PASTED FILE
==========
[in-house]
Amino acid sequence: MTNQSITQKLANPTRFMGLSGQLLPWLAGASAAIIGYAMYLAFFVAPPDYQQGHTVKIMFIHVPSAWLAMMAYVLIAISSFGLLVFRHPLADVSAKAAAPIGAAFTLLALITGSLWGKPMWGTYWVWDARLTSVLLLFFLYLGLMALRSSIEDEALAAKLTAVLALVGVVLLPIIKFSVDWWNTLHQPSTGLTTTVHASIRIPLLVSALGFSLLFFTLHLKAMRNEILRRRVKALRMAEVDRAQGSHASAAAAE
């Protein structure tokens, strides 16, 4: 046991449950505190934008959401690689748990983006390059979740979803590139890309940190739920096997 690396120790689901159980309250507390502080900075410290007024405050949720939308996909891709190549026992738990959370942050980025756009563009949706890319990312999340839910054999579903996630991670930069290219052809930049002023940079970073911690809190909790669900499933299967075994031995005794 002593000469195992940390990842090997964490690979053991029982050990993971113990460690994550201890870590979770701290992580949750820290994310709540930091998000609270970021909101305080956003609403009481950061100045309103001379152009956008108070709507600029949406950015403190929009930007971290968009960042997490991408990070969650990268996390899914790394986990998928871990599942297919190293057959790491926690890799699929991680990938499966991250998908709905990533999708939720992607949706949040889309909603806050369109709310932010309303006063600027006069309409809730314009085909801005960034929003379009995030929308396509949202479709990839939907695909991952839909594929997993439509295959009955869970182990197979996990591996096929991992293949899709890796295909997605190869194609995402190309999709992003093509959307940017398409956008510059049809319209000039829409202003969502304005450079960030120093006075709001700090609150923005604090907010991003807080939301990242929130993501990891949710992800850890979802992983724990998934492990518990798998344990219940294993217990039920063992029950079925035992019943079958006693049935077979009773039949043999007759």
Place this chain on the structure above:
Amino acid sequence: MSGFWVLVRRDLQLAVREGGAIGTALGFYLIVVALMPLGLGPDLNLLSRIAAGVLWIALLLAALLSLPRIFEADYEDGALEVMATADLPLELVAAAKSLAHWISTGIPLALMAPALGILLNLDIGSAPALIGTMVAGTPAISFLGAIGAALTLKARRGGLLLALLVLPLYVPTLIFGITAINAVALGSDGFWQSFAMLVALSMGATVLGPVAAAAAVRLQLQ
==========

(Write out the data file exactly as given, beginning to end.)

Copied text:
[in-house]
Amino acid sequence: MTNQSITQKLANPTRFMGLSGQLLPWLAGASAAIIGYAMYLAFFVAPPDYQQGHTVKIMFIHVPSAWLAMMAYVLIAISSFGLLVFRHPLADVSAKAAAPIGAAFTLLALITGSLWGKPMWGTYWVWDARLTSVLLLFFLYLGLMALRSSIEDEALAAKLTAVLALVGVVLLPIIKFSVDWWNTLHQPSTGLTTTVHASIRIPLLVSALGFSLLFFTLHLKAMRNEILRRRVKALRMAEVDRAQGSHASAAAAE
């Protein structure tokens, strides 16, 4: 046991449950505190934008959401690689748990983006390059979740979803590139890309940190739920096997 690396120790689901159980309250507390502080900075410290007024405050949720939308996909891709190549026992738990959370942050980025756009563009949706890319990312999340839910054999579903996630991670930069290219052809930049002023940079970073911690809190909790669900499933299967075994031995005794 002593000469195992940390990842090997964490690979053991029982050990993971113990460690994550201890870590979770701290992580949750820290994310709540930091998000609270970021909101305080956003609403009481950061100045309103001379152009956008108070709507600029949406950015403190929009930007971290968009960042997490991408990070969650990268996390899914790394986990998928871990599942297919190293057959790491926690890799699929991680990938499966991250998908709905990533999708939720992607949706949040889309909603806050369109709310932010309303006063600027006069309409809730314009085909801005960034929003379009995030929308396509949202479709990839939907695909991952839909594929997993439509295959009955869970182990197979996990591996096929991992293949899709890796295909997605190869194609995402190309999709992003093509959307940017398409956008510059049809319209000039829409202003969502304005450079960030120093006075709001700090609150923005604090907010991003807080939301990242929130993501990891949710992800850890979802992983724990998934492990518990798998344990219940294993217990039920063992029950079925035992019943079958006693049935077979009773039949043999007759």
Place this chain on the structure above:
Amino acid sequence: MSGFWVLVRRDLQLAVREGGAIGTALGFYLIVVALMPLGLGPDLNLLSRIAAGVLWIALLLAALLSLPRIFEADYEDGALEVMATADLPLELVAAAKSLAHWISTGIPLALMAPALGILLNLDIGSAPALIGTMVAGTPAISFLGAIGAALTLKARRGGLLLALLVLPLYVPTLIFGITAINAVALGSDGFWQSFAMLVALSMGATVLGPVAAAAAVRLQLQ